In this case, consider having a more detailed conversation with them to set expectations. Explain up front that just because you’re retiring super early doesn’t mean you have money to spare. Go over your financial model — particularly the fact that the entire structure is built on a plan of predictable, low spending and you got to the place you are in by virtue of an extremely high savings rate. Tell Dad that you’re going to be plenty busy without work, that you’ll still be exercising and volunteering and flexing your skills in other ways. Assure your sister that if she’s literally on death’s door that yes, you, M. Moneybags, will open your wallet and save her.
Personal Story Time
My family is, as a rule, poor, and they make bad financial decisions. Stating this fact makes it sound as though I don’t love them, which couldn’t be further from the truth. But love and money don’t mix.
Early in my career, I made the mistake of revealing my income — about 70K in 2000. Let’s call that Mistake #1.
My sister asked me for money to fund a trip to Europe. I gave her two thousand dollars. Mistake #2.
My out of work brother asked me for money to cover rent just until he could get his feet back under him. I started floating him $400 a month. Mistake #3.
My mother started to need extra money for home repairs. A broken furnace. Sagging gutters. Never mind the fact that she was eating out a lot and buying antiques at consignment shops. I supported her home repairs and even found myself saying yes to requests for personal entertainment, tickets to performers, trips to New York to see her sister. Mistakes 4, 5, and 6.
The first month or two of granting these favors, my family was extremely grateful. It made me feel terrific to be helping out in this way. But it turns quickly. Something that’s special the first month becomes just okay the second month and by the third, those generous acts are now taken for granted. Your family becomes hedonically adapted to the change.
Six months into all of this, I realized I couldn’t do it anymore. I grew bitter about the new obligations. When I cut it all off, I was met with first bewilderment (don’t you love me?) then anger (what do you need that money for anyway? I supported you for 18 years and you can’t give a little back now?) with some denial thrown in for good measure. (What about a loan? I’ll pay you back in a few months!)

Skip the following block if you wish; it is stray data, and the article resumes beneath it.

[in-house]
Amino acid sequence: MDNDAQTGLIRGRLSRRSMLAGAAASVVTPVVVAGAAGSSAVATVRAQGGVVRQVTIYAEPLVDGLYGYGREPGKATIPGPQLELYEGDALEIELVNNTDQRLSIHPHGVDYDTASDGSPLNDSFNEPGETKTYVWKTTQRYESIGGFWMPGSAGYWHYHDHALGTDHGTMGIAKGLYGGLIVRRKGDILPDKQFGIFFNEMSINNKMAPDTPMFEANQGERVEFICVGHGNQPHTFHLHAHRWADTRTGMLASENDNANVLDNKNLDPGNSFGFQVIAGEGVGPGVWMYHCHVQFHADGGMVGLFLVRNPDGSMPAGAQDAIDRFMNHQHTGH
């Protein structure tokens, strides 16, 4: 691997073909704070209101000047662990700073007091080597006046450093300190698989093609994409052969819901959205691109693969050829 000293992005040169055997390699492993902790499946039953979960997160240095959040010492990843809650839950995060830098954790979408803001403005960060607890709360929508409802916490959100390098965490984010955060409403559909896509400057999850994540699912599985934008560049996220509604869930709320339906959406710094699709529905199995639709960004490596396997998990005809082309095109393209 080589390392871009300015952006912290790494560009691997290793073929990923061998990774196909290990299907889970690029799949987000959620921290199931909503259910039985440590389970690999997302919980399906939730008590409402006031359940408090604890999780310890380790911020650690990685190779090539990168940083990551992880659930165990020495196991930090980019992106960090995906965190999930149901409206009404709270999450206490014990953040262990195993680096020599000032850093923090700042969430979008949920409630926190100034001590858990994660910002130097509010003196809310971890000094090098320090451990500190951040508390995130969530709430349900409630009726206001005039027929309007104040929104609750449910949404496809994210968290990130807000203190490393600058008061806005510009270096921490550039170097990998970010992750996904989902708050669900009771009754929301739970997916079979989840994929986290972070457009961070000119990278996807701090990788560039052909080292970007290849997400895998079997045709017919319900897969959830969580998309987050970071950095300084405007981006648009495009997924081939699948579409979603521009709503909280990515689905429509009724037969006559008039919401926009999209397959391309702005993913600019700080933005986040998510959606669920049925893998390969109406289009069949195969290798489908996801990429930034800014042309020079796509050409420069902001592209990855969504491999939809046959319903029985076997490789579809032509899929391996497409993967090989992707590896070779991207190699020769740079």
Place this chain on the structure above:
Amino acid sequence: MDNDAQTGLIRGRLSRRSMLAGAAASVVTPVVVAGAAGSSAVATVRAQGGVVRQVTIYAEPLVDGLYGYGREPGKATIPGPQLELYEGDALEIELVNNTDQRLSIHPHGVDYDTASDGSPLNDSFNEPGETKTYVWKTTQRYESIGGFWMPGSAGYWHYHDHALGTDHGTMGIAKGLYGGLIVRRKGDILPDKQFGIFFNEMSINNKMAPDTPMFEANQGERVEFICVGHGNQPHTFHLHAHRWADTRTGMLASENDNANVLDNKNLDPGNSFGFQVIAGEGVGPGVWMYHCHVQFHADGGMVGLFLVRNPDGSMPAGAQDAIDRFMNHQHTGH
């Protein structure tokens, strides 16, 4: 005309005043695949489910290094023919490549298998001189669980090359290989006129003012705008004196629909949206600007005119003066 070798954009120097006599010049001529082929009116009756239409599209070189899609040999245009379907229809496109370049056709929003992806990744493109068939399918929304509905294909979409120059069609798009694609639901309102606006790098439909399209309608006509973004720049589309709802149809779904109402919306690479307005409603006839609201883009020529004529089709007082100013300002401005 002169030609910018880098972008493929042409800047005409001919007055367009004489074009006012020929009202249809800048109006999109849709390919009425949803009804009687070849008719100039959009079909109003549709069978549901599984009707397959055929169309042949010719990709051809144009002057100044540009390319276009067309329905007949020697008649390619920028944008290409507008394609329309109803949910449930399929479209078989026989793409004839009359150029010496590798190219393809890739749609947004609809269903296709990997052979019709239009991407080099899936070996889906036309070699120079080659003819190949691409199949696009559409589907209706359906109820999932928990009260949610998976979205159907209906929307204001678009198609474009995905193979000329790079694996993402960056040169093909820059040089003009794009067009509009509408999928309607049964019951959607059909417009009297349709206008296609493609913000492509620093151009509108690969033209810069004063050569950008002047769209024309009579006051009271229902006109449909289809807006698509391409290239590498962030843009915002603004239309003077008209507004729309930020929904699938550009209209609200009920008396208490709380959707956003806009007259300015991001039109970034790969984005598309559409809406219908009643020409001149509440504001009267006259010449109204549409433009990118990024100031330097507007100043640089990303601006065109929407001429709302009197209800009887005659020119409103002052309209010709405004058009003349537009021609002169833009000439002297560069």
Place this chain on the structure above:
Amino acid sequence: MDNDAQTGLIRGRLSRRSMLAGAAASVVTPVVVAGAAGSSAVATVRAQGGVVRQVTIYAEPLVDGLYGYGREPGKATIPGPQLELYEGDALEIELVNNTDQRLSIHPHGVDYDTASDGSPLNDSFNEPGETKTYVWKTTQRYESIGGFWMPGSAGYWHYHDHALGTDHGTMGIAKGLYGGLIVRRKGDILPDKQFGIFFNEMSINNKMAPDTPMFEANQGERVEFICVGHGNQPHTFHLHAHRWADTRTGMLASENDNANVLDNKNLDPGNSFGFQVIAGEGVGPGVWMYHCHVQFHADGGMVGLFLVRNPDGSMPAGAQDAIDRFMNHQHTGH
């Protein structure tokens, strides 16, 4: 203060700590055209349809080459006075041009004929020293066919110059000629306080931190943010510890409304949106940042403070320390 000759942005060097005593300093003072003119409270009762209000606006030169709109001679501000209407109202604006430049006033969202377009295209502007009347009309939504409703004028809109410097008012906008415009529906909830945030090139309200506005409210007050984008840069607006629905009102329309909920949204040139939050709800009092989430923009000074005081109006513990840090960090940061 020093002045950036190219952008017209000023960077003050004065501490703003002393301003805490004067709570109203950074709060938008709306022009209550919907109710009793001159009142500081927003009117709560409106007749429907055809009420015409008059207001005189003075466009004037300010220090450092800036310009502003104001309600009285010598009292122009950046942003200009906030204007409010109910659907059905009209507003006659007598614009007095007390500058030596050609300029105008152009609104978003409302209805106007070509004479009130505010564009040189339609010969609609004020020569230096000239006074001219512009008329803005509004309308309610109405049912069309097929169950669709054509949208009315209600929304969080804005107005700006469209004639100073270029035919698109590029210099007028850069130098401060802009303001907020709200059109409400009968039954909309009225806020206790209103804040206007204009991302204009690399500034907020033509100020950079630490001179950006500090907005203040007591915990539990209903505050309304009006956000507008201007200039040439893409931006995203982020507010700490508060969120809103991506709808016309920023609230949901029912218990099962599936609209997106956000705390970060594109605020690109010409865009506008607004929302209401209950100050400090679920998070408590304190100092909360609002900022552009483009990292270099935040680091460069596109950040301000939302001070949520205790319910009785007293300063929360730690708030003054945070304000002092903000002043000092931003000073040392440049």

It was a mess, but I held my ground. It took years of standing tall and continually repeating myself in order to get my family’s expectations back in line. Five years later I got the last request for money from a family member, a plea from my sister to give her three thousand dollars for reiki massage training. I denied it the way I had denied everyone for years. No now and No forever. Stop asking.
I had to do the Right Thing — denying money to my family — hundreds of times over half a decade to correct the six measly mistakes I made in just a few months. My mother clung to her idea of me as her personal vault so stubbornly that I resorted to telling her I was in bad investment debt. Debt was something she understood, and she stopped pressuring me so much.
These experiences have made one thing very clear to me: when I quit my job, I can’t say a word to them about it. They’ve left me with no choice but to conceal the truth. As far as they know I’m still working. After all, they really have no way of knowing that I’m not. This way, we’re all still a functioning happy family with a few secrets thrown in the mix.
Works for me. Might not work for you. Everyone’s family is different. Everyone’s family is not like mine.
Geeking it up
Fact: The dynamics of your relationships change when you start telling secrets.
Take Star Wars. There’s a movie with a ton of secrets.
When Luke found out that Vader was his father, he no longer wanted to fight him — a big problem for the Rebellion and the forces of Good.
When Han found out that Leia was royalty, he wanted a ton of money from her. Because, Princesses have cash and rogue pirates tend to like that sort of thing.
And when Leia found out that Luke was her brother… Well, let’s just say there would be no more making out in their future.
So examine your circumstances carefully before having these conversations. Poke around your motives for sharing.
Is it for your own good or theirs? What’s driving you to want to tell them? Try to project the outcome. Imagine a future where you tell one person in confidence but the trust is broken and then everyone knows — what will happen?
Think it through carefully, and be prepared for the consequences. There will be change coming, and not all change is good.